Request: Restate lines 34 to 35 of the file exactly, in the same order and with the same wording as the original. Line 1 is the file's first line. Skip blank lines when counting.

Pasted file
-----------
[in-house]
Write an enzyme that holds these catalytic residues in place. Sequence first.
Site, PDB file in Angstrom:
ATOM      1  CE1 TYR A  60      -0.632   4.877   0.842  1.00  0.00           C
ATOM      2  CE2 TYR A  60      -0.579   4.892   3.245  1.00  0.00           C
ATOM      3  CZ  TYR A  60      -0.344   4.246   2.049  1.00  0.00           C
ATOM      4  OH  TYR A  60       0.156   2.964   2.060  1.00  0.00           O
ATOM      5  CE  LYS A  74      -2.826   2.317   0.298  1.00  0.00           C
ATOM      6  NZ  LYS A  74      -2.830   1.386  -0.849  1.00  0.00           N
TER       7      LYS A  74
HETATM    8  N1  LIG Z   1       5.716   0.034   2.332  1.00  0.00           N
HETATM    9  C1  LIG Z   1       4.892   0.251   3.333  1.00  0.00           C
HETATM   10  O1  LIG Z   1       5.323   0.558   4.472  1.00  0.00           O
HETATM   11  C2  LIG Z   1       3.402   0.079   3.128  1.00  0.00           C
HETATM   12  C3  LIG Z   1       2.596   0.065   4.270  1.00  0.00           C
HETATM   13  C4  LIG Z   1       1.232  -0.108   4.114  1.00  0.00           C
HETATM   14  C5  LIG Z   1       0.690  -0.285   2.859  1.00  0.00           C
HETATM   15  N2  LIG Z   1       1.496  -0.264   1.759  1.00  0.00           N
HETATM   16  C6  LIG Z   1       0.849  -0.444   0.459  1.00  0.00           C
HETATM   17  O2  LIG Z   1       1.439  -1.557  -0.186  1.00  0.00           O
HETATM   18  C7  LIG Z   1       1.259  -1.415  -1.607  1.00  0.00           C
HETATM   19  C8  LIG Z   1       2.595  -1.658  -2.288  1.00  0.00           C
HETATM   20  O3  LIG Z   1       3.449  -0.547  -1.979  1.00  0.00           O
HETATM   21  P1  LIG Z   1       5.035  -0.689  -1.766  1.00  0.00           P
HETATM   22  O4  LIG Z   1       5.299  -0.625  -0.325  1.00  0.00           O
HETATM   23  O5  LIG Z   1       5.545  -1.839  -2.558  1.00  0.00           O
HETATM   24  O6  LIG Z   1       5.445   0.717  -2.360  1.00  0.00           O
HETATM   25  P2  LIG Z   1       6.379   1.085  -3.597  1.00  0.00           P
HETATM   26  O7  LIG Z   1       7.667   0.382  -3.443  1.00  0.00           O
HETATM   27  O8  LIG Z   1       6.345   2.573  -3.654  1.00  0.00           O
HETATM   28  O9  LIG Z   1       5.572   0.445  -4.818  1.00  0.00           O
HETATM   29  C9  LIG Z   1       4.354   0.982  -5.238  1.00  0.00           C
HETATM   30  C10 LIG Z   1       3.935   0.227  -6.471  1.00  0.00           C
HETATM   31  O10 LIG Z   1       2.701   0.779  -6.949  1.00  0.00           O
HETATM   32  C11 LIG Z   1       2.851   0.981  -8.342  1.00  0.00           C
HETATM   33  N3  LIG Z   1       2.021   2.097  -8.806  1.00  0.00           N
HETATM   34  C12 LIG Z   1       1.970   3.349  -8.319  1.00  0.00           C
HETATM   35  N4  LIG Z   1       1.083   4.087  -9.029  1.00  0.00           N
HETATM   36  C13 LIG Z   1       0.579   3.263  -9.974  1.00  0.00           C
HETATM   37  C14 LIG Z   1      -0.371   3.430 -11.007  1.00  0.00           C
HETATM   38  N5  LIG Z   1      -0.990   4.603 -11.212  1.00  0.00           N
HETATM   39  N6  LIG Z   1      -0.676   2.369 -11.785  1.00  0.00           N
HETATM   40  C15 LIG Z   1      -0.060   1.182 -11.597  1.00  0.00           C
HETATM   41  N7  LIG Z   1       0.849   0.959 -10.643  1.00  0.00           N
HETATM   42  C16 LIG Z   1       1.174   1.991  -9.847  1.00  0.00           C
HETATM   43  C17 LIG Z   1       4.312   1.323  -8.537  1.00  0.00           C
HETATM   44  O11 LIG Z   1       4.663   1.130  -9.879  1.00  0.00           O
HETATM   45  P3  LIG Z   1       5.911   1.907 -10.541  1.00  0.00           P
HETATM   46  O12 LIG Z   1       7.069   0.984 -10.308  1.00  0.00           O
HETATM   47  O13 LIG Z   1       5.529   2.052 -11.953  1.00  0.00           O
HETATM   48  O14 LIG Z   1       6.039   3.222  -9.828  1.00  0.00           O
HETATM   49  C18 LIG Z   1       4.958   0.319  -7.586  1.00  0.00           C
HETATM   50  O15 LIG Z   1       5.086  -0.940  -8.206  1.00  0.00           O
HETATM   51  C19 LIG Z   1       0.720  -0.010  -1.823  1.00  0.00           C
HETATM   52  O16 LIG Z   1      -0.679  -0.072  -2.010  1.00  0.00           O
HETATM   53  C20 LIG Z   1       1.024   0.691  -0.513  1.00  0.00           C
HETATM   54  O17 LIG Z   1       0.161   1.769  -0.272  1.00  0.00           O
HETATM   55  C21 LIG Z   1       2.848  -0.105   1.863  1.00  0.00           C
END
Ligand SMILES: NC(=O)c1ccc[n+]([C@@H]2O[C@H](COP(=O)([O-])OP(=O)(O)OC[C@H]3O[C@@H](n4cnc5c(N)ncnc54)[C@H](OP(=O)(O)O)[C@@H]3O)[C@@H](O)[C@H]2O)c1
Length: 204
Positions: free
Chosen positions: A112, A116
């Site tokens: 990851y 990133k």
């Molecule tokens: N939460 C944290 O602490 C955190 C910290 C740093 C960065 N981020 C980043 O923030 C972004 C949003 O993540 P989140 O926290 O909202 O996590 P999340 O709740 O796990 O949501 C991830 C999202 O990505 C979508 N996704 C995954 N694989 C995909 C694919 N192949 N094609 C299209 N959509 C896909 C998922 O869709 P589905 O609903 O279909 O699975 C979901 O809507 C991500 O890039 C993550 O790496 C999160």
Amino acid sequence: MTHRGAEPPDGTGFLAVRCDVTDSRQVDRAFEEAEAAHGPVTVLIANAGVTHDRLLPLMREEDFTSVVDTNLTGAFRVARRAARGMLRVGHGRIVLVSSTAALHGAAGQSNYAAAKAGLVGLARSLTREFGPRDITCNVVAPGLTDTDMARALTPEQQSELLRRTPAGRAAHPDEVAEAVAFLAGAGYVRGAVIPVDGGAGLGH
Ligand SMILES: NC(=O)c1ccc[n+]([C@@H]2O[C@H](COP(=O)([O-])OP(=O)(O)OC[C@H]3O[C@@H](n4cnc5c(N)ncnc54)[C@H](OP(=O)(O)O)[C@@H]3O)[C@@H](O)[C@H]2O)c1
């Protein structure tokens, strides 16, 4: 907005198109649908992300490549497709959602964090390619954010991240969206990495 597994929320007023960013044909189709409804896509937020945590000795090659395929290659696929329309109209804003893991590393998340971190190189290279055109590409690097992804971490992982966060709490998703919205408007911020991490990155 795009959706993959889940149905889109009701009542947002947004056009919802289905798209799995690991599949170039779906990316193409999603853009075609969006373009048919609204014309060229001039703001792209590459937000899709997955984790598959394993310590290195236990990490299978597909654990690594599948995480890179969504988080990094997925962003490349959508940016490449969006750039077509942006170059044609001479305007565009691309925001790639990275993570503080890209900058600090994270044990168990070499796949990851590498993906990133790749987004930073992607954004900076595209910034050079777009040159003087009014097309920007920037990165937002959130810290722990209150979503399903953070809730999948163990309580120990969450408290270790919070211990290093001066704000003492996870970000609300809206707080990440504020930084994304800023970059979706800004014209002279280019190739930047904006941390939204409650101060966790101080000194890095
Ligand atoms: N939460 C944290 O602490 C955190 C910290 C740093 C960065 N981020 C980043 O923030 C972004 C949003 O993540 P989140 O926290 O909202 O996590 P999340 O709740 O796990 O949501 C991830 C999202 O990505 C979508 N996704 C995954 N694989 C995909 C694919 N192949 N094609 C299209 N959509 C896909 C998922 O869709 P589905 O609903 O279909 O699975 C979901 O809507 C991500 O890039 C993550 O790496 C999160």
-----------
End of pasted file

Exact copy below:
HETATM   31  O10 LIG Z   1       2.701   0.779  -6.949  1.00  0.00           O
HETATM   32  C11 LIG Z   1       2.851   0.981  -8.342  1.00  0.00           C